Aging and β-Cell Proliferation, Molecular and Signaling Changes and What This Means for Targeted Regeneration
Pp. 20-41 (22)
Aaron R. Cox
Increased age confers a greater risk for the development of type 2 diabetes
(T2D), and also has significant consequences for β-cell growth and regeneration.
Pancreatic insulin-producing β-cells are long-lived, and exhibit very little turnover in
adult life. The severe decline in β-cell proliferation contributes to a decreased capacity
for β-cell regeneration with age. β-cell regeneration is dependent on mitogenic signals,
receptor and downstream signal transduction, cell cycle progression, and epigenetic
regulation of gene expression, all of which are significantly affected by increasing age.
Studies suggest that circulating growth factors and their receptors are decreased with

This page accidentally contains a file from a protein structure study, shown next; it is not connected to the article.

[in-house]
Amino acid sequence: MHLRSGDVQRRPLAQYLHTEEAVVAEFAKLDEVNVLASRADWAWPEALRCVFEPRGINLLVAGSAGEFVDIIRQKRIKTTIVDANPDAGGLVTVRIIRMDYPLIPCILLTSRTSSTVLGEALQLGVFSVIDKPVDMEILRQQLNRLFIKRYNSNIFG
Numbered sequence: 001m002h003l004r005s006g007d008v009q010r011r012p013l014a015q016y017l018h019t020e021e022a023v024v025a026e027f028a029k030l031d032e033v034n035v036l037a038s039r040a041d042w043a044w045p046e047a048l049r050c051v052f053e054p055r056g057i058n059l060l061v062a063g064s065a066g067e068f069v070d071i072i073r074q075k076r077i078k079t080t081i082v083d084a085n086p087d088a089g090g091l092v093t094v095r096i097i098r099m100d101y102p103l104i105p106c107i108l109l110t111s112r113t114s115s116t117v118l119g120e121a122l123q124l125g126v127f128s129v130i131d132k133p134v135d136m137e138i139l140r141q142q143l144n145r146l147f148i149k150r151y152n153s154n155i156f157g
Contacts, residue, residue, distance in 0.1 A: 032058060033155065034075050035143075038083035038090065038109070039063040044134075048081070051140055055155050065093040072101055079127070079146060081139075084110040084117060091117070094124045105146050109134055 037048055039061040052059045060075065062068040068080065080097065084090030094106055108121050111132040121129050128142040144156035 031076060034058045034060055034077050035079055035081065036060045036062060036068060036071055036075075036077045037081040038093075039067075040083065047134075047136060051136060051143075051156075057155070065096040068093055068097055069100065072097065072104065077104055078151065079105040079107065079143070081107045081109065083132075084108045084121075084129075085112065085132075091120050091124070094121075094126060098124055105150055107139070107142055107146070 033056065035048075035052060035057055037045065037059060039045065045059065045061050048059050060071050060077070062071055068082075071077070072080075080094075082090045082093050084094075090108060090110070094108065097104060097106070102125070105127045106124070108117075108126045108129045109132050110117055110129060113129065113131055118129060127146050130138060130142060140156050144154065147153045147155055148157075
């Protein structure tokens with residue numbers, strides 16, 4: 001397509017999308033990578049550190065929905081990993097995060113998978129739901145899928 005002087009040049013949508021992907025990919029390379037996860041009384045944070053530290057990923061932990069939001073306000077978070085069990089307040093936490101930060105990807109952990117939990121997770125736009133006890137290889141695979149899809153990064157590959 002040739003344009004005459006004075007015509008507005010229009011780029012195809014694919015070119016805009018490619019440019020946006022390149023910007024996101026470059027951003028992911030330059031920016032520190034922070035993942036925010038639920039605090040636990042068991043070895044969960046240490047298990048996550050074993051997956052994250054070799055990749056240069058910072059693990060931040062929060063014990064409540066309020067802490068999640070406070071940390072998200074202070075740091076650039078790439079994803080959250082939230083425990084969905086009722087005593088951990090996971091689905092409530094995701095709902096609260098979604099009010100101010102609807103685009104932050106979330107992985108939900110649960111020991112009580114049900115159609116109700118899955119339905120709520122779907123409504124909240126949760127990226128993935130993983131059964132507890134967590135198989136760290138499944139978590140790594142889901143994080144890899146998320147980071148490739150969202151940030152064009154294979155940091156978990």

age, along with important intracellular signaling molecules, such as Pdx-1 and FoxM1.
Cell cycle progression is inhibited by an increased expression of cell cycle inhibitors
and a reduction in cell cycle kinase complexes (Cyclin/Cdks). Moreover, decreased
expression of epigenetic silencers, such as polycomb group proteins, results in derepression
of the cell cycle inhibitor p16, and a significant reduction in β-cell
proliferation. Collectively, these age-induced changes present obstacles for the design
of β-cell regenerative therapies for diabetes; however, some reports suggest that even
very old β-cells can re-enter cell cycle. Future studies will further define the effects of
aging on β-cell proliferation and elucidate new drug targets for diabetes therapy.
Aging, β-cell regeneration, Cell cycle, Diabetes, Epigenetics,
Molecular signals, Proliferation.
McNair Medical Institute, Baylor College of Medicine, Houston, Texas, U.S.A.